Rating Methodology

The first time a Scotch is being rated, a fairly rough outline is followed:

  1. Being honest, God fearing individuals, all pours are neat (or with a few drops of distilled water, depending on the reviewer).  No ice cubes are involved in the rating process unless specified by the Scotch itself.
  2. The Scotch is swirled, smelled, sipped, sometimes gargled but never boiled.  Everyone provides a couple of adjectives which are used for “Word(s) on the Street”.**
  3. As the tasting turns to drinking, the situation rapidly devolves.  The resulting quotations are appended to the “Word(s) on the Street”.**
  4. The bottle, box and / or packaging are all examined and a few “Pros, Cons and Neutralities” are derived as appropriate.
  5. The Copy of the box is reviewed with all obviously true statements being underlined.  Anything blatantly false gets stricken.  All remaining text can be taken as either innocuous or as indicating an unreachable consensus.
  6. A conversation is held to determine the best location for consuming the Scotch.  This process usually takes several minutes and includes a number of careful considerations such as attire, seating arrangements and the potential for animal involvement.  The classification of the Scotch is usually fairly apparent at this point.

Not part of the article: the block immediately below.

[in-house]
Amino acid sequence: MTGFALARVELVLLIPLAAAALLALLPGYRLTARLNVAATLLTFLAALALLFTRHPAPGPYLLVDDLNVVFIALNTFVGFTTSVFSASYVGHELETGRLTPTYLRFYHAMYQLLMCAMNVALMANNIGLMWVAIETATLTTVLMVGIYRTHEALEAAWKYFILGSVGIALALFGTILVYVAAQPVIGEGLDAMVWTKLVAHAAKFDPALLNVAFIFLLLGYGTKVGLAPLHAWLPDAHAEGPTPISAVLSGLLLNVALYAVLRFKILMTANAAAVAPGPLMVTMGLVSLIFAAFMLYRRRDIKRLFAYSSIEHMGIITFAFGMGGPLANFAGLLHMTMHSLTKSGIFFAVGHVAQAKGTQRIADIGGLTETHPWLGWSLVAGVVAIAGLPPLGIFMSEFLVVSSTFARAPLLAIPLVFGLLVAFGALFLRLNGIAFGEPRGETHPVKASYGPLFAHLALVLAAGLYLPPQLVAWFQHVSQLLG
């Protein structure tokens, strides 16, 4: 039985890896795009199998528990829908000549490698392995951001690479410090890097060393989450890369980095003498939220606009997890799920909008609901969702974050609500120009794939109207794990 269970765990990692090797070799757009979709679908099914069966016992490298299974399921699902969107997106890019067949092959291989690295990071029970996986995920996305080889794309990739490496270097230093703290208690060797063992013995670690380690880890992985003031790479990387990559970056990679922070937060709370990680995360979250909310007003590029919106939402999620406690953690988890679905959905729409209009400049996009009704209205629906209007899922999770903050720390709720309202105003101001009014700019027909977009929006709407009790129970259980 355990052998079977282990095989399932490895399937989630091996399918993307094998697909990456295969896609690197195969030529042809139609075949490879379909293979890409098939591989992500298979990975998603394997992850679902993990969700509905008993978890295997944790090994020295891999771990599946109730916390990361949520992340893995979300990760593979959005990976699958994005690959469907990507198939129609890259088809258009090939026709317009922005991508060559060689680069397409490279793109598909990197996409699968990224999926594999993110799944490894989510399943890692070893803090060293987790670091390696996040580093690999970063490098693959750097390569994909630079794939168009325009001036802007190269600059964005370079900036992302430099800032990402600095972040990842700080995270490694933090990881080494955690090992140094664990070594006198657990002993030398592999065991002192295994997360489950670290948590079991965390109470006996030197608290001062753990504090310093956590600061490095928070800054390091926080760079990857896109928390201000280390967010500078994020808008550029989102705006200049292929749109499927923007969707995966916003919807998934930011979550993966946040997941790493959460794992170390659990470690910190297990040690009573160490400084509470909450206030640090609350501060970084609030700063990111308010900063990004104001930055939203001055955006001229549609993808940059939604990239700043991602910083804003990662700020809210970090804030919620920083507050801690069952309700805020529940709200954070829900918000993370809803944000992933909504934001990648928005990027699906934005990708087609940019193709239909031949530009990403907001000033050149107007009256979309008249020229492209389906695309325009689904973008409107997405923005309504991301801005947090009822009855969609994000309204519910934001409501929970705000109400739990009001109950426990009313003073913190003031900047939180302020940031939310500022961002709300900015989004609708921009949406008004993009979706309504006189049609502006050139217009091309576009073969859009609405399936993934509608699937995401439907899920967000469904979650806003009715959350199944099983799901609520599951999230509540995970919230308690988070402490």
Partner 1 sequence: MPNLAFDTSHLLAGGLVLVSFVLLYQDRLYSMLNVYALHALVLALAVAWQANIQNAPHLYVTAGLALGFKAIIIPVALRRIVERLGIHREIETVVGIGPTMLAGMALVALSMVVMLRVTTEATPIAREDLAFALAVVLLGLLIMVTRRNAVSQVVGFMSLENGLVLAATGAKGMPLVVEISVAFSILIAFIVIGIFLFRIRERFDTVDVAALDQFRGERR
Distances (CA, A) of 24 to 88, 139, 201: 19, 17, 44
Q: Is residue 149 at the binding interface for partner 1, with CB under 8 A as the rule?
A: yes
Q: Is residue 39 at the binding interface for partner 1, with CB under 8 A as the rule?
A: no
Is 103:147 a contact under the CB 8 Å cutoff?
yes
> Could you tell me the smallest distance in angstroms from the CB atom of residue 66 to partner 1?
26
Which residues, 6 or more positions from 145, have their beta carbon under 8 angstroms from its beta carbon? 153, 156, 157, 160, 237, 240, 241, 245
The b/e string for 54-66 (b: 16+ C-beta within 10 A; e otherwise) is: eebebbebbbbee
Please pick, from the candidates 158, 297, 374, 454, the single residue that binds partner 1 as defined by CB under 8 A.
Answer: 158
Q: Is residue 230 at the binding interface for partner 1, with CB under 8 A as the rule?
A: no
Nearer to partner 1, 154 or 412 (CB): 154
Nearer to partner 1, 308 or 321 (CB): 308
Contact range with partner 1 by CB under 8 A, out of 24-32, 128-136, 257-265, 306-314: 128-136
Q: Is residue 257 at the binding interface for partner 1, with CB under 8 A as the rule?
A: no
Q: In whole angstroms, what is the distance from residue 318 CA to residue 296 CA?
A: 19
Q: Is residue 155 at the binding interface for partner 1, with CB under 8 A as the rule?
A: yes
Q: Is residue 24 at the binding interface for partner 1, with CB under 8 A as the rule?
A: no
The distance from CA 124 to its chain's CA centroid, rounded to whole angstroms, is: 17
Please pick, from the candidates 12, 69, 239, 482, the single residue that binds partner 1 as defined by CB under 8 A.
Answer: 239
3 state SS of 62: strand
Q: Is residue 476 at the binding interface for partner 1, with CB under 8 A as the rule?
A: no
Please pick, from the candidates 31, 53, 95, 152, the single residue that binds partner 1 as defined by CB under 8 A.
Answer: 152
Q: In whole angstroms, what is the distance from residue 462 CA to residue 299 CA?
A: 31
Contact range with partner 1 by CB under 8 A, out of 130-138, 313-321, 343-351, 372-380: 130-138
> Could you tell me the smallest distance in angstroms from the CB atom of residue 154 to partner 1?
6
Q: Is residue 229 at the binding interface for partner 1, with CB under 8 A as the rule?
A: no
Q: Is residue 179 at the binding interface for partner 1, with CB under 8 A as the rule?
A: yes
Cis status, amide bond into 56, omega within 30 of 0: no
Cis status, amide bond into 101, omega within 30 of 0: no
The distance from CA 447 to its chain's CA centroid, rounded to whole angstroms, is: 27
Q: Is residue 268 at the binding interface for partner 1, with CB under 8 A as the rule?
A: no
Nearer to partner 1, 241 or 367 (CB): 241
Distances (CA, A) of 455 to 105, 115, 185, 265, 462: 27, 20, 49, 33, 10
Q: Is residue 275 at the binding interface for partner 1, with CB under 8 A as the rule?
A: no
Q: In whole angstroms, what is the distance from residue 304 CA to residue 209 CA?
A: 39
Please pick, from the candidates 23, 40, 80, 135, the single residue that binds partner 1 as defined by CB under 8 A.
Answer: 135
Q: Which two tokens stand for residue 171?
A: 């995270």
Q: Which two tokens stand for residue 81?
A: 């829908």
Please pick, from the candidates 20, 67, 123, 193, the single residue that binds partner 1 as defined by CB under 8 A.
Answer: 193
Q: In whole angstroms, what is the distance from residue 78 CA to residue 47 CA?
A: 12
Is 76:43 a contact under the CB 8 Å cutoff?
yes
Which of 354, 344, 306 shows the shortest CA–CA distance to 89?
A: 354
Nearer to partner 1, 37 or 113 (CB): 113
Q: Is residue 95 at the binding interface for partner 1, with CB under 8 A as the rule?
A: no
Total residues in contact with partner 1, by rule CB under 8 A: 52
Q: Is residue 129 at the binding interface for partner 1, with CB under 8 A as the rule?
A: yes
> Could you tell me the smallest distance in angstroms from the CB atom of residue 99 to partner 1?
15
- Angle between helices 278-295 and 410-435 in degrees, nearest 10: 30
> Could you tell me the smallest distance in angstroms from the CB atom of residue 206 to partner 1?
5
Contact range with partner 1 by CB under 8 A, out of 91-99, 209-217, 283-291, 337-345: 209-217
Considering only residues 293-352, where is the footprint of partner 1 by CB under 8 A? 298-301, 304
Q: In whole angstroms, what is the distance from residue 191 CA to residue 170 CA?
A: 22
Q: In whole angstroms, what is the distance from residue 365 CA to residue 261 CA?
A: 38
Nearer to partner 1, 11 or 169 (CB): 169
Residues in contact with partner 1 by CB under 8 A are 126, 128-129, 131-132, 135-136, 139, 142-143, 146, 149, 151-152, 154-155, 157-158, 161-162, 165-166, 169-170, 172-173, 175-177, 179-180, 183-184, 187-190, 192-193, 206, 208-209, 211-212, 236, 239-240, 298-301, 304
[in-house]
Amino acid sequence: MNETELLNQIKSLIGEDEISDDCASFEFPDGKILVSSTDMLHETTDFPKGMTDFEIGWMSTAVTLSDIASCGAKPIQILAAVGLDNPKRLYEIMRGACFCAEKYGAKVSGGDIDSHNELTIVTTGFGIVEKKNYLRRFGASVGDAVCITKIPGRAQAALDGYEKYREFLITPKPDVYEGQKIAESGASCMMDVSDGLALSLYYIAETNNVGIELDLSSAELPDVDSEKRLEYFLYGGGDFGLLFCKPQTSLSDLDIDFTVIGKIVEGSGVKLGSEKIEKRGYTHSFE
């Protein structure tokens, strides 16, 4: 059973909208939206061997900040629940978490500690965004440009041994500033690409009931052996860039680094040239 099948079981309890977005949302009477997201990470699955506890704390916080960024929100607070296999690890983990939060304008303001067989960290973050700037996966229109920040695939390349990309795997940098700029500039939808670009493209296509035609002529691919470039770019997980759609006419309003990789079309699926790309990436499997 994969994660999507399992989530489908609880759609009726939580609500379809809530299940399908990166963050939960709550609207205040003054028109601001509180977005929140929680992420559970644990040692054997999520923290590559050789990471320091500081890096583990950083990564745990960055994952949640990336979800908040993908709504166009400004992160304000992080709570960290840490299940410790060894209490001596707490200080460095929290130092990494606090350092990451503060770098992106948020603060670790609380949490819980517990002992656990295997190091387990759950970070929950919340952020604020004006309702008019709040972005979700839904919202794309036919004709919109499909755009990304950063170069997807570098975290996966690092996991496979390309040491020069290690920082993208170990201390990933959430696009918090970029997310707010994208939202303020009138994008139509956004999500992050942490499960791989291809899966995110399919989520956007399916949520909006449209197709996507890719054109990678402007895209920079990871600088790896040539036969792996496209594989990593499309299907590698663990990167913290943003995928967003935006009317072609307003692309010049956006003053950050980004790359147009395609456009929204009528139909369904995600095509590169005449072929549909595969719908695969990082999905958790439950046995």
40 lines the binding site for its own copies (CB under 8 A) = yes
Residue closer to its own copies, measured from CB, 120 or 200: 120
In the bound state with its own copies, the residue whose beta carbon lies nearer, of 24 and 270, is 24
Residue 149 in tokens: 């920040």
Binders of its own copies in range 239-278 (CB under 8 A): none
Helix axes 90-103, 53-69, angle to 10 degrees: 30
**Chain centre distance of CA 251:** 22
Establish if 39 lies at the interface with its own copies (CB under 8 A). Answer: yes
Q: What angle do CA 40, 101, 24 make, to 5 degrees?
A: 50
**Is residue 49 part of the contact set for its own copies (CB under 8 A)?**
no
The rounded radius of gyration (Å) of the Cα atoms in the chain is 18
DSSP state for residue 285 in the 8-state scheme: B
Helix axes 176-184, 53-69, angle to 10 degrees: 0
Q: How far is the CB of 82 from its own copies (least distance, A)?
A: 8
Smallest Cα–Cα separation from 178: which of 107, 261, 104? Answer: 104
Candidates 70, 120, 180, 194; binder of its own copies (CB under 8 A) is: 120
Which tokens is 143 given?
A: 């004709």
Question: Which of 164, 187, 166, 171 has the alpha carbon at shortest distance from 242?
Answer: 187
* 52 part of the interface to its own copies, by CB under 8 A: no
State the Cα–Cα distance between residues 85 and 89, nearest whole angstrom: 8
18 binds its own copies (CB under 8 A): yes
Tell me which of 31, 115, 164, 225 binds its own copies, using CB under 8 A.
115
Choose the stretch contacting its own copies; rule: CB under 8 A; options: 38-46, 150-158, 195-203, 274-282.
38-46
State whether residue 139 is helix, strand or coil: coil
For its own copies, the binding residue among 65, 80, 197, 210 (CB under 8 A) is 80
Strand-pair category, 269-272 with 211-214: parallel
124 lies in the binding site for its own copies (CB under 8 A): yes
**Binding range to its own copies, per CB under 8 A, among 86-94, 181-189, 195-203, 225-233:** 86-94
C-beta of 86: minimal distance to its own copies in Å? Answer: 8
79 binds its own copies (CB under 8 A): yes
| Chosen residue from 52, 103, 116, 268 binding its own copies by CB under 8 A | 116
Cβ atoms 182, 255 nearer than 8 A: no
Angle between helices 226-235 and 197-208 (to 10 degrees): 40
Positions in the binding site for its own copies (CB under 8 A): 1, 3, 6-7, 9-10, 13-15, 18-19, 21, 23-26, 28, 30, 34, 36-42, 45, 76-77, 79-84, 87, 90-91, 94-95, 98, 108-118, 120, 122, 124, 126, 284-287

7. Taking into consideration everything from the previous steps, current level of intoxication and all former Scotches, a final rating is chosen.  Scores range from 1 to 5, in half steps with a “+” or “-” indicating a slight lean in one direction or another.

**It is important that steps two and three take place prior to review of the box and its associated copy.

Purchasing full bottles affords a periodic revisiting of previous assessments. Ratings and opinions can (and WILL) change as a reflection of increased experience.  For example, Speyburn (the first Scotch reviewed) was originally rated a 3 / 5.  By the tenth Scotch, that number was changed thrice yielding first a 2.5, then a 1.5+ and now a flat 2.

In the case of changing ratings, clearly documenting the updates and differentiating the changes is difficult in this medium.  Bearing that in mind, care is taken to ensure all of the developing views and comments are retained in a hard copy notebook.  The book itself is locked carefully away so as to prevent tampering by Scotch industry spies, however scans of the hard copy sheets are available and will eventually be made accessible within the reviews.

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